* Philippines is a party since November 16, 1981
4. The Convention on Wetlands (Ramsar Convention)
The Convention on Wetlands is the intergovernmental treaty that provides the framework for the conservation and wise use of wetlands and their resources.
The Convention’s mission is “the conservation and wise use of all wetlands through local and national actions and international cooperation, as a contribution towards achieving sustainable development throughout the world”.
Under the “three pillars” of the Convention, the Contracting Parties commit to:
• work towards the wise use of all their wetlands;
• designate suitable wetlands for the list of Wetlands of International Importance (the “Ramsar List”) and ensure their effective management;
• cooperate internationally on transboundary wetlands, shared wetland systems and shared species.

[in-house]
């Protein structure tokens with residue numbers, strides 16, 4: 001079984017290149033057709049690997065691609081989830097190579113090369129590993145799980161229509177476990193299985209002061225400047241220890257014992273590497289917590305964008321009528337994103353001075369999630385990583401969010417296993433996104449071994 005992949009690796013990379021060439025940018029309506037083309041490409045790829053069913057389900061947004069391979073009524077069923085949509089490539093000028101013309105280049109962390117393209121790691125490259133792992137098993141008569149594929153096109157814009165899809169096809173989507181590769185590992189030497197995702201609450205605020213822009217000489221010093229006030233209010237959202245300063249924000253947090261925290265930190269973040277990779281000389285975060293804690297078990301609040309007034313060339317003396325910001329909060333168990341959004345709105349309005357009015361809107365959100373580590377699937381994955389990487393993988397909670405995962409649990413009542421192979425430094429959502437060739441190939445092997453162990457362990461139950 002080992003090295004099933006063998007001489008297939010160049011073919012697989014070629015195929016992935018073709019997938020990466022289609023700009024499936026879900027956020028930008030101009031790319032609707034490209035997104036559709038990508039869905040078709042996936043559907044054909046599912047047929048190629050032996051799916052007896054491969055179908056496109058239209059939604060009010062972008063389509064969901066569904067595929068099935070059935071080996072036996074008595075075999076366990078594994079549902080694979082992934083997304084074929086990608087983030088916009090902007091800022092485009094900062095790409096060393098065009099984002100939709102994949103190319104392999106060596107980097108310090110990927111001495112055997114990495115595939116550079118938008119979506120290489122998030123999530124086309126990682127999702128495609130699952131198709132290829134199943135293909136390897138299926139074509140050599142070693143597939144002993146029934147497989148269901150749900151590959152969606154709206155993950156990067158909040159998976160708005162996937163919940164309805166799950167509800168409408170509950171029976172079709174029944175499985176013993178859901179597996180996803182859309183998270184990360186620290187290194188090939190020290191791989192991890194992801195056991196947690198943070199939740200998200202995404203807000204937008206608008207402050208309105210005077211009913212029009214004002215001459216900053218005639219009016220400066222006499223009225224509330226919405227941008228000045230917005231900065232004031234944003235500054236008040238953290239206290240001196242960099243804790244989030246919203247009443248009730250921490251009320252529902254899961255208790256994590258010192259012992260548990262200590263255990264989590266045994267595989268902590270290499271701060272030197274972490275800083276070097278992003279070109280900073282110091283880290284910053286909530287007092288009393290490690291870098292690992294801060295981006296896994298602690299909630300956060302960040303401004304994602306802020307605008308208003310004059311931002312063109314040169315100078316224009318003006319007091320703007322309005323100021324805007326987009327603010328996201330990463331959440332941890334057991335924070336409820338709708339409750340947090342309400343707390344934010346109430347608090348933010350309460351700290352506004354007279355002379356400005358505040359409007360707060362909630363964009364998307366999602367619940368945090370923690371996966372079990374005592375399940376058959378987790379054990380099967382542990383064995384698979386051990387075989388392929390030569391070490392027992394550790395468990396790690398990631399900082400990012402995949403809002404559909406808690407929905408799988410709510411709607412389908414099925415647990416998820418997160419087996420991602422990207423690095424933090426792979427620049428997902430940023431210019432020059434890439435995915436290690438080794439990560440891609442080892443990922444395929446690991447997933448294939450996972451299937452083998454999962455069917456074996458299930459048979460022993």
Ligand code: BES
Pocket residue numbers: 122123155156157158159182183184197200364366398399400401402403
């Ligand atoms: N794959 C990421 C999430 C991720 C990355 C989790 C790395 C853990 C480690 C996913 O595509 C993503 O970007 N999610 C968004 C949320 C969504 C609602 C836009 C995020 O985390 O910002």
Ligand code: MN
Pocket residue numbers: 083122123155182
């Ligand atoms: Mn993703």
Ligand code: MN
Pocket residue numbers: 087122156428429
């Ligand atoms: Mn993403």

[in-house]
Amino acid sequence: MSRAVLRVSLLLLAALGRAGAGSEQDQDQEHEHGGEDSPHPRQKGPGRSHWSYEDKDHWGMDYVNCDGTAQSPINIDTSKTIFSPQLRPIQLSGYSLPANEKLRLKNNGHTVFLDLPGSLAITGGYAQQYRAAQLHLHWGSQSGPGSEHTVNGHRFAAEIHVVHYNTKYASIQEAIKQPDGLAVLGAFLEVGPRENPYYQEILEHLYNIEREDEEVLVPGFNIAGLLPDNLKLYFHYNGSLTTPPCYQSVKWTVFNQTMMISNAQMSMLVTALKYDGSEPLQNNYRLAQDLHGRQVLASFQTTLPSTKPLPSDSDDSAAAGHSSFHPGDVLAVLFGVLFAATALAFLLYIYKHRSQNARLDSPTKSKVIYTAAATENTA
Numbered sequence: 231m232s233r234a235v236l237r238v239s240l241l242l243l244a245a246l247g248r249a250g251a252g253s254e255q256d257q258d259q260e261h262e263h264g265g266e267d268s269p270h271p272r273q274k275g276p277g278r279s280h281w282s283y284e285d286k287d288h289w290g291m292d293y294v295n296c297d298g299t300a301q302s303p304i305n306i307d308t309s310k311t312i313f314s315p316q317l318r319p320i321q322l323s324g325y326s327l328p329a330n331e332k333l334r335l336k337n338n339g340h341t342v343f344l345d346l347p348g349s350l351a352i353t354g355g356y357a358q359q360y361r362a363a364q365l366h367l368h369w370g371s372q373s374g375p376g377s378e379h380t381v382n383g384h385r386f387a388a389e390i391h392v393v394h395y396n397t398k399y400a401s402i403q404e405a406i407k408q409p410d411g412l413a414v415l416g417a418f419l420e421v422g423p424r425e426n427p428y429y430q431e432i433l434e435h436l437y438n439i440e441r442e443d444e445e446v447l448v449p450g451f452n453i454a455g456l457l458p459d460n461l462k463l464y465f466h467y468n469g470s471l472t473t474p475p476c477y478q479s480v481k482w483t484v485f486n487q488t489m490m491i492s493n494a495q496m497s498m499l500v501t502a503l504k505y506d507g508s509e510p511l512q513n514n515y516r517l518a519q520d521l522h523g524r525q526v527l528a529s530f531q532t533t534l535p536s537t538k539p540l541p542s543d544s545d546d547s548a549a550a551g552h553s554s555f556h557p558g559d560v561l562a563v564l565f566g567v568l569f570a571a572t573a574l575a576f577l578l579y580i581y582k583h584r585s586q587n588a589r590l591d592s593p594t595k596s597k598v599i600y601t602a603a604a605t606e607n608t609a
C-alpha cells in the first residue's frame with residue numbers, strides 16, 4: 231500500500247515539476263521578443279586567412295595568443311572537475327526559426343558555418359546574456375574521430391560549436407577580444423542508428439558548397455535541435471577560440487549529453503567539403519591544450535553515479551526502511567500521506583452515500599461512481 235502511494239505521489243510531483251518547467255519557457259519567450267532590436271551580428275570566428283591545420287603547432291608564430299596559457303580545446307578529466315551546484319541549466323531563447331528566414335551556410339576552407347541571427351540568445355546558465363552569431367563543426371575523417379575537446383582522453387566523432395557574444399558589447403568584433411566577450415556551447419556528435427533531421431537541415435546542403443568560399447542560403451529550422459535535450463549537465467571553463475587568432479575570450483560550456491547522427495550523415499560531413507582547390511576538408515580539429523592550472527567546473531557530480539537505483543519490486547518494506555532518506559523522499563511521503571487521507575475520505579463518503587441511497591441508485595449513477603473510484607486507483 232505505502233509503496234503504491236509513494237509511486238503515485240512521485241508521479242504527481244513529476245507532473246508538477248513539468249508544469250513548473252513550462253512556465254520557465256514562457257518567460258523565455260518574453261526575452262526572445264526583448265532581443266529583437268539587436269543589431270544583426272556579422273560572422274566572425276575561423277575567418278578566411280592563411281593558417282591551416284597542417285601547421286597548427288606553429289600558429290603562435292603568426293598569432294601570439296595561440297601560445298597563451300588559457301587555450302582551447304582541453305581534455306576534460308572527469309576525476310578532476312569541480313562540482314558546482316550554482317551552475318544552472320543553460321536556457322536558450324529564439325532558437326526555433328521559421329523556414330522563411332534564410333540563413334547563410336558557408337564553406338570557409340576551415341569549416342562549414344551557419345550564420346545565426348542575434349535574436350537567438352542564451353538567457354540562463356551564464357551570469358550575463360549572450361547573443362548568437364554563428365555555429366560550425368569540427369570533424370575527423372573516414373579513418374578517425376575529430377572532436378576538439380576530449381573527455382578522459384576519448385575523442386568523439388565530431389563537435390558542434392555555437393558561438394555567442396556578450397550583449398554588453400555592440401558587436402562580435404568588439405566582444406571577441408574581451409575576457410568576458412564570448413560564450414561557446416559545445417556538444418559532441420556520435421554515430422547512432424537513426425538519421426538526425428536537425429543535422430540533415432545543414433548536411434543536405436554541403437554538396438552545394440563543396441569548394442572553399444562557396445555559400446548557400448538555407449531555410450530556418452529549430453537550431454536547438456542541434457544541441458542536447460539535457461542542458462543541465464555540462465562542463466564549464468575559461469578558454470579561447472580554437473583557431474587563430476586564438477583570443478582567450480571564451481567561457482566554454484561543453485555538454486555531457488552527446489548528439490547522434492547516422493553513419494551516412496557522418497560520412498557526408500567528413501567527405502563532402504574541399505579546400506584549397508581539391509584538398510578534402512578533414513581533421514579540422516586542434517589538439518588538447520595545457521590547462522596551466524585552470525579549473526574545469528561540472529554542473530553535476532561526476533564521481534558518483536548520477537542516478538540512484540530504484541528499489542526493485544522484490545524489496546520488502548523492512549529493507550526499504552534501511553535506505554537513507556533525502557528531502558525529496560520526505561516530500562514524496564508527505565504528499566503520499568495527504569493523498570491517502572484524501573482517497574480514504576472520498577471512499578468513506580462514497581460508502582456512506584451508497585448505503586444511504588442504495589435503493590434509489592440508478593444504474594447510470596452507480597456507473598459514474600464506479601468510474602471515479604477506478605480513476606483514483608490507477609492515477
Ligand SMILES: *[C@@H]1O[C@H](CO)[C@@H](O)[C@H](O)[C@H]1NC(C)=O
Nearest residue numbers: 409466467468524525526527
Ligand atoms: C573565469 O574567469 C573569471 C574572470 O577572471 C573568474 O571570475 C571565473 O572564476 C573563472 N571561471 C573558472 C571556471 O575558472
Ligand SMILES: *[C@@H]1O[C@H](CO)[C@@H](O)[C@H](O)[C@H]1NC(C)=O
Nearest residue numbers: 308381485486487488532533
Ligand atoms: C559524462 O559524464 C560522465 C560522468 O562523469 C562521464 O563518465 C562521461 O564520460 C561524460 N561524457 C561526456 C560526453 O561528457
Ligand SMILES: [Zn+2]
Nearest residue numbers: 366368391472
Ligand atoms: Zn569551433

The Philippines has eight (8) Ramsar sites:
1) Olango Island Wildlife Sanctuary
2) Naujan Lake National Park
3) Agusan Marsh Wildlife Sanctuary
4) Tubbataha Reefs Natural Park
5) Puerto Princesa Subterranean River National Park
6) Las Piñas- Parañaque Critical Habitat And Ecotourism Area
7) Negros Occidental Coastal Wetlands Conservation Area
8) Sasmuan Pampanga Coastal Wetlands
5. Coral Triangle Initiative (CTI)
The CTI-CFF is a multilateral partnership formed by the governments of the six Coral Triangle countries (Indonesia, Malaysia, Philippines, Papua New Guinea, Solomon Islands and Timor-Leste) in 2009 to address the growing threats to the Coral Triangle. Under the CTI-CFF, the six countries signed a declaration to protect the Coral Triangle and committed to implement a Regional Plan of Action (RPOA) with five goals: designation of effectively managed seascapes; application of an ecosystem approach to fisheries management; establishment of a fully functional marine protected area system; strengthening climate change adaptation and resilience; and improving the status of threatened marine species. The six countries then developed their respective CTI-CFF National Plans of Action to adopt the regional goals to their local conditions.